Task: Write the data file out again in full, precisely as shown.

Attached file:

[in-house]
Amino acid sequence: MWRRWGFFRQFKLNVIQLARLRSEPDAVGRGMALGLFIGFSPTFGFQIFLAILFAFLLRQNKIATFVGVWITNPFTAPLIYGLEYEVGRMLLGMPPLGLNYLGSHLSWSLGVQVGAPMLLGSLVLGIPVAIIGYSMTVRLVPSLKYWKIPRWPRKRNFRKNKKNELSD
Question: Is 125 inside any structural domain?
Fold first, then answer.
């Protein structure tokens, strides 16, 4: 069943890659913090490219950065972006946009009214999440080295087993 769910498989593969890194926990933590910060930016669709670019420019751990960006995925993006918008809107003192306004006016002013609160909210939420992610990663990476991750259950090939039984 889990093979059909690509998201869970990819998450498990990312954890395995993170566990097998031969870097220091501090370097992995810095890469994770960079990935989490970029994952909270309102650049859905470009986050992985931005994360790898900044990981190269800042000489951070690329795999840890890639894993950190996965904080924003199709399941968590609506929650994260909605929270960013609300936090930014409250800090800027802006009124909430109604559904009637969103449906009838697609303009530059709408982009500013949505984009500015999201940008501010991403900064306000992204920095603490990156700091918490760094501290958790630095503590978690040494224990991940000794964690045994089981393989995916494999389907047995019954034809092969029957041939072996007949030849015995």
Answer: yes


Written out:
[in-house]
Amino acid sequence: MWRRWGFFRQFKLNVIQLARLRSEPDAVGRGMALGLFIGFSPTFGFQIFLAILFAFLLRQNKIATFVGVWITNPFTAPLIYGLEYEVGRMLLGMPPLGLNYLGSHLSWSLGVQVGAPMLLGSLVLGIPVAIIGYSMTVRLVPSLKYWKIPRWPRKRNFRKNKKNELSD
Question: Is 125 inside any structural domain?
Fold first, then answer.
């Protein structure tokens, strides 16, 4: 069943890659913090490219950065972006946009009214999440080295087993 769910498989593969890194926990933590910060930016669709670019420019751990960006995925993006918008809107003192306004006016002013609160909210939420992610990663990476991750259950090939039984 889990093979059909690509998201869970990819998450498990990312954890395995993170566990097998031969870097220091501090370097992995810095890469994770960079990935989490970029994952909270309102650049859905470009986050992985931005994360790898900044990981190269800042000489951070690329795999840890890639894993950190996965904080924003199709399941968590609506929650994260909605929270960013609300936090930014409250800090800027802006009124909430109604559904009637969103449906009838697609303009530059709408982009500013949505984009500015999201940008501010991403900064306000992204920095603490990156700091918490760094501290958790630095503590978690040494224990991940000794964690045994089981393989995916494999389907047995019954034809092969029957041939072996007949030849015995």
Answer: yes